Improve prison health care in Canada

March 04, 2013

Canada needs to reform its patchwork system of prison health care that does not adequately care for prisoners' complex health care needs, argues an editorial in CMAJ (Canadian Medical Association Journal)

"What is desperately needed is a well-organized and coordinated system of health care, one that follows the offender from the start of his or her incarceration to release and successful return to the community," writes Dr. Ken Flegel, senior associate editor, CMAJ with Dr. Françoise Bouchard, former director general of health services, Correctional Services of Canada.

The health of many people in prisons is worse than in the general population, with a higher incidence of communicable diseases, mental health issues and chronic illnesses. However, health care is delivered in an ad hoc way and managed by prison executives.

"This level of care is too patchy for the real health needs of prisoners and puts unwarranted strain on all of the staff."

Most prisoners are eventually released back into the community; providing better health care will also benefit the families and the larger community that will need to care for them.

Several countries in Europe have improved prison health care in recent decades by employing their public health care system to provide care.

"Ultimately, prison health care reform should include all jurisdictions involved in correctional services (federal, provincial and territorial) to bring a seamless approach and adequate health care to this population," conclude the authors.
-end-


Canadian Medical Association Journal

Related Health Care Articles from Brightsurf:

Study evaluates new World Health Organization Labor Care Guide for maternity care providers
The World Health Organization developed the new Labor Care Guide to support clinicians in providing good quality, women-centered care during labor and childbirth.

Six ways primary care "medical homes" are lowering health care spending
New analysis of 394 U.S. primary care practices identifies the aspects of care delivery that are associated with lower health care spending and lower utilization of emergency care and hospital admissions.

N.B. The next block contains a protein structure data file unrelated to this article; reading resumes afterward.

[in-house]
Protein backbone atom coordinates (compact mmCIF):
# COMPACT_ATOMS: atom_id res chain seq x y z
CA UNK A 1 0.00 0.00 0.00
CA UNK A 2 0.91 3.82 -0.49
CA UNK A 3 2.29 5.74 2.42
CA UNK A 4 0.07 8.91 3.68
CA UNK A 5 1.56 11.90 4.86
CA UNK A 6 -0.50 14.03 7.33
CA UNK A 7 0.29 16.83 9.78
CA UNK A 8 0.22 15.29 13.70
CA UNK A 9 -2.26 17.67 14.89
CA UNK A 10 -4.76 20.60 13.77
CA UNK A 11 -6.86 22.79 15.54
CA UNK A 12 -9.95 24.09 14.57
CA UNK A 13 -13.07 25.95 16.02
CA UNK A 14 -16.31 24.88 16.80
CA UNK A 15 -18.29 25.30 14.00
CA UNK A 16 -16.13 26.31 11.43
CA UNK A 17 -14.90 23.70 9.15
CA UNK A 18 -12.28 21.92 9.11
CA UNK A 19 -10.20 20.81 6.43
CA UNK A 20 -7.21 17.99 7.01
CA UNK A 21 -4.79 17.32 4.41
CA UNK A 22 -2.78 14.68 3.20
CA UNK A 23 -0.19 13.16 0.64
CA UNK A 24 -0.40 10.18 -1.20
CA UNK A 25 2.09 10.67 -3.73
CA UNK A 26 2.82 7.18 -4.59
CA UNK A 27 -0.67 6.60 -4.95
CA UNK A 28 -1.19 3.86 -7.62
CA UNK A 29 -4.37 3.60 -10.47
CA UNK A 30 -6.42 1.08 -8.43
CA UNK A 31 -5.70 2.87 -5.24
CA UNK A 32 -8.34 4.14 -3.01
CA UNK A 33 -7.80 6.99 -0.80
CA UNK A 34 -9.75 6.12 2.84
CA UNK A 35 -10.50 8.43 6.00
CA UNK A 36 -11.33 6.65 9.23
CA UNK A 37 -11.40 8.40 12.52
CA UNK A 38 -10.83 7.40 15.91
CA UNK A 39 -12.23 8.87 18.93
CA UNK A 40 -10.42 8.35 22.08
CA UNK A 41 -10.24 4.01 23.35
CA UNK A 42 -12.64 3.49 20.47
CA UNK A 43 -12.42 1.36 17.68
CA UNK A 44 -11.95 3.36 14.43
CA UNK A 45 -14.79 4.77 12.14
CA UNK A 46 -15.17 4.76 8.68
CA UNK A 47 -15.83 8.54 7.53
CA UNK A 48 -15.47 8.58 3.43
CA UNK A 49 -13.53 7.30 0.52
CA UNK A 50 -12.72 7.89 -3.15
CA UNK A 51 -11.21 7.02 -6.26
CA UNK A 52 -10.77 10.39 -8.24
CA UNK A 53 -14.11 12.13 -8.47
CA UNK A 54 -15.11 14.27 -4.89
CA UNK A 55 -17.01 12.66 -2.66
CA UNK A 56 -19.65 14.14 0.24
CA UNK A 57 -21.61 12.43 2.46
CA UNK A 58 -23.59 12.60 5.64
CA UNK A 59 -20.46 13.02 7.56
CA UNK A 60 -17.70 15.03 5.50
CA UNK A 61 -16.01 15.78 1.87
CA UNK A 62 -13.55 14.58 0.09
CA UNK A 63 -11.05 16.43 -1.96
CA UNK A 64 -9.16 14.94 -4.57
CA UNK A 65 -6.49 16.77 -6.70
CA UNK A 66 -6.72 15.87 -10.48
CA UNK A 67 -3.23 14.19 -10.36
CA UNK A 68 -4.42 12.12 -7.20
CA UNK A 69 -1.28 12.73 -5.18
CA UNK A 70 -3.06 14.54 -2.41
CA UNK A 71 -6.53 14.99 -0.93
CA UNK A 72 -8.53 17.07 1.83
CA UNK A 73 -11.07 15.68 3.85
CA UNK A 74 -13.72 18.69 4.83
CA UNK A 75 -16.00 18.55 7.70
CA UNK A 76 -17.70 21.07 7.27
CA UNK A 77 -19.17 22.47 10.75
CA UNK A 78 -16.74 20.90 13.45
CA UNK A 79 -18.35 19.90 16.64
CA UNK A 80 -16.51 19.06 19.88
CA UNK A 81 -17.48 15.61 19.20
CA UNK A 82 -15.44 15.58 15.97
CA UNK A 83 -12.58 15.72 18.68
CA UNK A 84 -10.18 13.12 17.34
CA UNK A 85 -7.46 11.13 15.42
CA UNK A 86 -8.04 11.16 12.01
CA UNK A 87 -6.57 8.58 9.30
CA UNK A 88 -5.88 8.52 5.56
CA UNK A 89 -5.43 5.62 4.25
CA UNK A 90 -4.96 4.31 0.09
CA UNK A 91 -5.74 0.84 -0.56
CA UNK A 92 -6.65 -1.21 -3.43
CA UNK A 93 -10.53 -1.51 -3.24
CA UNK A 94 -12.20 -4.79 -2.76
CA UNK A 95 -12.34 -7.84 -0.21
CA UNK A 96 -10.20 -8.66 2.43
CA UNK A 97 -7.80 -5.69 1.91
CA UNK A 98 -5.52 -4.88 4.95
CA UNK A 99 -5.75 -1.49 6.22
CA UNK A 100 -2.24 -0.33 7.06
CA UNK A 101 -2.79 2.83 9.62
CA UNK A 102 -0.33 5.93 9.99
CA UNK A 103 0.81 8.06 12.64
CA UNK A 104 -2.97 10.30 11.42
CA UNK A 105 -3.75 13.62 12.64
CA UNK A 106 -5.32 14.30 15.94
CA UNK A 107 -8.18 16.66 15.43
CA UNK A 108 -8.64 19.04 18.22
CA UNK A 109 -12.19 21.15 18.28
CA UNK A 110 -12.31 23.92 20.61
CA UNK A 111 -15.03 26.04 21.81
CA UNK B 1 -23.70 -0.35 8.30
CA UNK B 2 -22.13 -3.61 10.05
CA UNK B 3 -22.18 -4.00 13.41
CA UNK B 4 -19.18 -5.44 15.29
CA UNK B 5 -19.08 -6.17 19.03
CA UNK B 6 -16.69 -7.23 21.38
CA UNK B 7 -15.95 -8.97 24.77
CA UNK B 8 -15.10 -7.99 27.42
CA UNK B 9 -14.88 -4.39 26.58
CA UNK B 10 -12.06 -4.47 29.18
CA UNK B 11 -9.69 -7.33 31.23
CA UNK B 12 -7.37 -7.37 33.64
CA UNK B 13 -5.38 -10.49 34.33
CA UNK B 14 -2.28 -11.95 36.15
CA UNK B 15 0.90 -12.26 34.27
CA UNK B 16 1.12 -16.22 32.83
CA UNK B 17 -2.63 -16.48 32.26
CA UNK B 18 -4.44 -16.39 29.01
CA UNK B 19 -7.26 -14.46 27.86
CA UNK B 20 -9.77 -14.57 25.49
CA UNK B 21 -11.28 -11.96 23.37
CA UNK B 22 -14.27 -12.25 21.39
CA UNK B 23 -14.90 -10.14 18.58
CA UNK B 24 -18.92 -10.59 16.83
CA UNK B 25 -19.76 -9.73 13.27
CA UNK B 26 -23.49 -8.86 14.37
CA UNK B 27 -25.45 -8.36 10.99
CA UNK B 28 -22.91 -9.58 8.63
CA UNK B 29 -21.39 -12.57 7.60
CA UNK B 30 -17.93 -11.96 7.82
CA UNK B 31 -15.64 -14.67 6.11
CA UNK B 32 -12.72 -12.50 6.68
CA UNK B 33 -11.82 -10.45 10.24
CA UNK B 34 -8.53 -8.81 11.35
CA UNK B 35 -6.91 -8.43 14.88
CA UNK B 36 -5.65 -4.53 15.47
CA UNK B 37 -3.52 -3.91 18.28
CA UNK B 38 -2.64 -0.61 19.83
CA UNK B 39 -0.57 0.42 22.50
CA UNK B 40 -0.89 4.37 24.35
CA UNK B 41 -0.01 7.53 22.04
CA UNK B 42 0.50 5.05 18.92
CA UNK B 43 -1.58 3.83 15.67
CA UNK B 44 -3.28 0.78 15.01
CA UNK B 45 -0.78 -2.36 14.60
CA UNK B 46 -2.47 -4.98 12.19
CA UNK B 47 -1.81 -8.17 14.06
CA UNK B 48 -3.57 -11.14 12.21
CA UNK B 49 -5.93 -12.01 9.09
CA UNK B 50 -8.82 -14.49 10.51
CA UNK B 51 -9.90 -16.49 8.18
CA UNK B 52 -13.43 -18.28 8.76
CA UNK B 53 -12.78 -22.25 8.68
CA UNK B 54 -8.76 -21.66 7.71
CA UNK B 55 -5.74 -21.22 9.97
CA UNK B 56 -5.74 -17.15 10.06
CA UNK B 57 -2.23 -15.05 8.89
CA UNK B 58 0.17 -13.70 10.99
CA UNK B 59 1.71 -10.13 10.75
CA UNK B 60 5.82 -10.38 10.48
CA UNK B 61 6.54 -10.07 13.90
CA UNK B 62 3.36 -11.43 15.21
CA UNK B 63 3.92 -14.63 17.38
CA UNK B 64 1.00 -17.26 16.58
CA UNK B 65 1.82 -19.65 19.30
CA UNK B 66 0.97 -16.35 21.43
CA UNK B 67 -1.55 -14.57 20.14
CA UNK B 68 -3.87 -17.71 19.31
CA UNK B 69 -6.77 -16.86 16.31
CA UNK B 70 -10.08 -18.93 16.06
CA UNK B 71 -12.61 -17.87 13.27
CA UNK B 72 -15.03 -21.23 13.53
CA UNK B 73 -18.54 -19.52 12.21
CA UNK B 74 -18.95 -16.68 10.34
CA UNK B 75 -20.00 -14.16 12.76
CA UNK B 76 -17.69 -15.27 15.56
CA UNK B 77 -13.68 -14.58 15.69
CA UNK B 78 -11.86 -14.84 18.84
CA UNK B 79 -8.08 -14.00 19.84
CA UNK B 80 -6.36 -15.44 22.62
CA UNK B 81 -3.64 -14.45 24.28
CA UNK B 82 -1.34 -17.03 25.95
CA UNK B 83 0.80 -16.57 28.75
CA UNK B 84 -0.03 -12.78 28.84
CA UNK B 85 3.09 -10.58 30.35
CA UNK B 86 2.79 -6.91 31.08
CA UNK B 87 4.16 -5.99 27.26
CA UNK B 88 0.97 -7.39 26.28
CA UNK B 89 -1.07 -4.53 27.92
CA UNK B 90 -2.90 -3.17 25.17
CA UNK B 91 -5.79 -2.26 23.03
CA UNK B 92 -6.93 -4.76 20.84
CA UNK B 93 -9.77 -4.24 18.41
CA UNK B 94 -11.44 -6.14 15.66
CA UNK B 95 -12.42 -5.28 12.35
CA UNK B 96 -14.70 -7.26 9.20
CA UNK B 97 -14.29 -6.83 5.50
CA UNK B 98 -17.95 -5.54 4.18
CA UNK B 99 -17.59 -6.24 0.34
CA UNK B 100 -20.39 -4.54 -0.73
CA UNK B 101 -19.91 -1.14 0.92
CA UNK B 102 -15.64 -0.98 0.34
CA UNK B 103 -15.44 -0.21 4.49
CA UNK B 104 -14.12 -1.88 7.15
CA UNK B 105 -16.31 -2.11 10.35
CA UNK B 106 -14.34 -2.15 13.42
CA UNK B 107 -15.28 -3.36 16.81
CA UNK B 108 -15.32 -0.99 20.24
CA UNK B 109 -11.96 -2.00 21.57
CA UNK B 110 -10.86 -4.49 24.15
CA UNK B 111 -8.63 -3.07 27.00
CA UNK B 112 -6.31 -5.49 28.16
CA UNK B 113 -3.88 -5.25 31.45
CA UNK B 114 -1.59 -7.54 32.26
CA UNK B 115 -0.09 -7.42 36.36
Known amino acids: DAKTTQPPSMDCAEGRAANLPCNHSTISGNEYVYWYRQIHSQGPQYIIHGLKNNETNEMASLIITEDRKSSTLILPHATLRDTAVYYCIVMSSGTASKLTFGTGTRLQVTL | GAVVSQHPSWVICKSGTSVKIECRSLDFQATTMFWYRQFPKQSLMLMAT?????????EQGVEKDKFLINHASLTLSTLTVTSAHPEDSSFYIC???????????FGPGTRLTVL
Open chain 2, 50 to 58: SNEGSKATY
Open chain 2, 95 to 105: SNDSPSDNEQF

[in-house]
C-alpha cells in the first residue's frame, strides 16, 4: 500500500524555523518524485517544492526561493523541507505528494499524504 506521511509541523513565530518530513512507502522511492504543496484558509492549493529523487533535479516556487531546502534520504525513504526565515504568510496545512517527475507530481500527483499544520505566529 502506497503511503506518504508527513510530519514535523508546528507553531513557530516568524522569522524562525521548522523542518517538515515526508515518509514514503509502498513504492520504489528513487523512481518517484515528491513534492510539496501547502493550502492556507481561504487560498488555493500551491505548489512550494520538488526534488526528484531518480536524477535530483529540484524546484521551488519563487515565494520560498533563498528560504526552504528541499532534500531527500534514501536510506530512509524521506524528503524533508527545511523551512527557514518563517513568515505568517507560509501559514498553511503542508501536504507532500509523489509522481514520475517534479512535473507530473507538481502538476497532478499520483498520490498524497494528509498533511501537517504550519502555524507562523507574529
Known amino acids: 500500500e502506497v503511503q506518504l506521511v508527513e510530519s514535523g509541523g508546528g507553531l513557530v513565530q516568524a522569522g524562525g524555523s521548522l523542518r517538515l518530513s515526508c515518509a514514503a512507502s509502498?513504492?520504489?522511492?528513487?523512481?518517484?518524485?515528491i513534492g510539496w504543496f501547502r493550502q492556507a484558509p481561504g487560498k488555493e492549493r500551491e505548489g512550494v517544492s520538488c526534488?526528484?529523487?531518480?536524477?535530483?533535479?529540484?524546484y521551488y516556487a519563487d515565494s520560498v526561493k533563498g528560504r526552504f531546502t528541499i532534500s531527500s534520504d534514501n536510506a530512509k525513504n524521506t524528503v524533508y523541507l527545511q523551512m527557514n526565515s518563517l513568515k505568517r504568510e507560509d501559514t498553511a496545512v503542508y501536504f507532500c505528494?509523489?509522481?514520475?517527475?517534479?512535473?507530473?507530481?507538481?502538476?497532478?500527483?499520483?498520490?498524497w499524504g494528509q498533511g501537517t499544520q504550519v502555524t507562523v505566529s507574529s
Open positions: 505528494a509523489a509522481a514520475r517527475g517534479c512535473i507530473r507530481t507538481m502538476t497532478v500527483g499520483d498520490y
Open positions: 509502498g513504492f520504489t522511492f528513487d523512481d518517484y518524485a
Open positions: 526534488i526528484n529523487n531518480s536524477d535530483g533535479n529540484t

Modifiable health risks linked to more than $730 billion in US health care costs
Modifiable health risks, such as obesity, high blood pressure, and smoking, were linked to over $730 billion in health care spending in the US in 2016, according to a study published in The Lancet Public Health.

Spending on primary care vs. other US health care expenditures
National health care survey data were used to assess the amount of money spent on primary care relative to other areas of health care spending in the US from 2002 to 2016.

MU Health Care neurologist publishes guidance related to COVID-19 and stroke care
A University of Missouri Health Care neurologist has published more than 40 new recommendations for evaluating and treating stroke patients based on international research examining the link between stroke and novel coronavirus (COVID-19).

Large federal program aimed at providing better health care underfunds primary care
Despite a mandate to help patients make better-informed health care decisions, a ten-year research program established under the Affordable Care Act has funded a relatively small number of studies that examine primary care, the setting where the majority of patients in the US receive treatment.

International medical graduates care for Medicare patients with greater health care needs
A study by a Massachusetts General Hospital research team indicates that internal medicine physicians who are graduates of medical schools outside the US care for Medicare patients with more complex medical needs than those cared for by graduates of American medical schools.

The Lancet Global Health: Improved access to care not sufficient to improve health, as epidemic of poor quality care revealed
Of the 8.6 million deaths from conditions treatable by health care, poor-quality care is responsible for an estimated 5 million deaths per year -- more than deaths due to insufficient access to care (3.6 million) .

Under Affordable Care Act, Americans have had more preventive care for heart health
By reducing out-of-pocket costs for preventive treatment, the Affordable Care Act appears to have encouraged more people to have health screenings related to their cardiovascular health.

High-deductible health care plans curb both cost and usage, including preventive care
A team of researchers based at IUPUI has conducted the first systematic review of studies examining the relationship between high-deductible health care plans and the use of health care services.

Read More: Health Care News and Health Care Current Events
Brightsurf.com is a participant in the Amazon Services LLC Associates Program, an affiliate advertising program designed to provide a means for sites to earn advertising fees by advertising and linking to Amazon.com.